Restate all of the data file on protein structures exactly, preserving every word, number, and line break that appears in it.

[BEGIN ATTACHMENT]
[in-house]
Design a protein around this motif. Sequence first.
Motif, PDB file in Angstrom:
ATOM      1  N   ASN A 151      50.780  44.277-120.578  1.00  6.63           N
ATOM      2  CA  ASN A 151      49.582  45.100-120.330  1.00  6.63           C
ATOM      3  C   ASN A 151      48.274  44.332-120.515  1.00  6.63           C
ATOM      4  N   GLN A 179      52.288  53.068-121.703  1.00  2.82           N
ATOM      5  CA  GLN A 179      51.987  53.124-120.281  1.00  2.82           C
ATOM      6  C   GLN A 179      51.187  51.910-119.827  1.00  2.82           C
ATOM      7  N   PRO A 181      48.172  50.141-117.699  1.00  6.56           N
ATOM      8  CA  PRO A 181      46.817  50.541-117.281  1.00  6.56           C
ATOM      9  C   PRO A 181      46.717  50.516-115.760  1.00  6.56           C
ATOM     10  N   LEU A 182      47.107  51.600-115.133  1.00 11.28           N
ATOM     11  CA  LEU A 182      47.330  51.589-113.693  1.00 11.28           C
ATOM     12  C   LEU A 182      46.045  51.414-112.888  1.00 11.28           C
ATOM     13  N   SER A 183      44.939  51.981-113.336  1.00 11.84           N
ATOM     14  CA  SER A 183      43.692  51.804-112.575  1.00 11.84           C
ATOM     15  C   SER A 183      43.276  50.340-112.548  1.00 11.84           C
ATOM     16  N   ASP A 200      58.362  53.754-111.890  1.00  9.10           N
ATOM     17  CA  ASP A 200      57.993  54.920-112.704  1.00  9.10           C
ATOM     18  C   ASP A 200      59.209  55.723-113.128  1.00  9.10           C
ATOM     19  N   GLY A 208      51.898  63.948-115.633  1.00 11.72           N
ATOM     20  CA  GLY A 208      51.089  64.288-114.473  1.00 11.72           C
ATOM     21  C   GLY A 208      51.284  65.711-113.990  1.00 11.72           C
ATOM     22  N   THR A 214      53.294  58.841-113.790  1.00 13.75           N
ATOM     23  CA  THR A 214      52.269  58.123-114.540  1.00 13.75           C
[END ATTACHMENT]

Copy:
[in-house]
Design a protein around this motif. Sequence first.
Motif, PDB file in Angstrom:
ATOM      1  N   ASN A 151      50.780  44.277-120.578  1.00  6.63           N
ATOM      2  CA  ASN A 151      49.582  45.100-120.330  1.00  6.63           C
ATOM      3  C   ASN A 151      48.274  44.332-120.515  1.00  6.63           C
ATOM      4  N   GLN A 179      52.288  53.068-121.703  1.00  2.82           N
ATOM      5  CA  GLN A 179      51.987  53.124-120.281  1.00  2.82           C
ATOM      6  C   GLN A 179      51.187  51.910-119.827  1.00  2.82           C
ATOM      7  N   PRO A 181      48.172  50.141-117.699  1.00  6.56           N
ATOM      8  CA  PRO A 181      46.817  50.541-117.281  1.00  6.56           C
ATOM      9  C   PRO A 181      46.717  50.516-115.760  1.00  6.56           C
ATOM     10  N   LEU A 182      47.107  51.600-115.133  1.00 11.28           N
ATOM     11  CA  LEU A 182      47.330  51.589-113.693  1.00 11.28           C
ATOM     12  C   LEU A 182      46.045  51.414-112.888  1.00 11.28           C
ATOM     13  N   SER A 183      44.939  51.981-113.336  1.00 11.84           N
ATOM     14  CA  SER A 183      43.692  51.804-112.575  1.00 11.84           C
ATOM     15  C   SER A 183      43.276  50.340-112.548  1.00 11.84           C
ATOM     16  N   ASP A 200      58.362  53.754-111.890  1.00  9.10           N
ATOM     17  CA  ASP A 200      57.993  54.920-112.704  1.00  9.10           C
ATOM     18  C   ASP A 200      59.209  55.723-113.128  1.00  9.10           C
ATOM     19  N   GLY A 208      51.898  63.948-115.633  1.00 11.72           N
ATOM     20  CA  GLY A 208      51.089  64.288-114.473  1.00 11.72           C
ATOM     21  C   GLY A 208      51.284  65.711-113.990  1.00 11.72           C
ATOM     22  N   THR A 214      53.294  58.841-113.790  1.00 13.75           N
ATOM     23  CA  THR A 214      52.269  58.123-114.540  1.00 13.75           C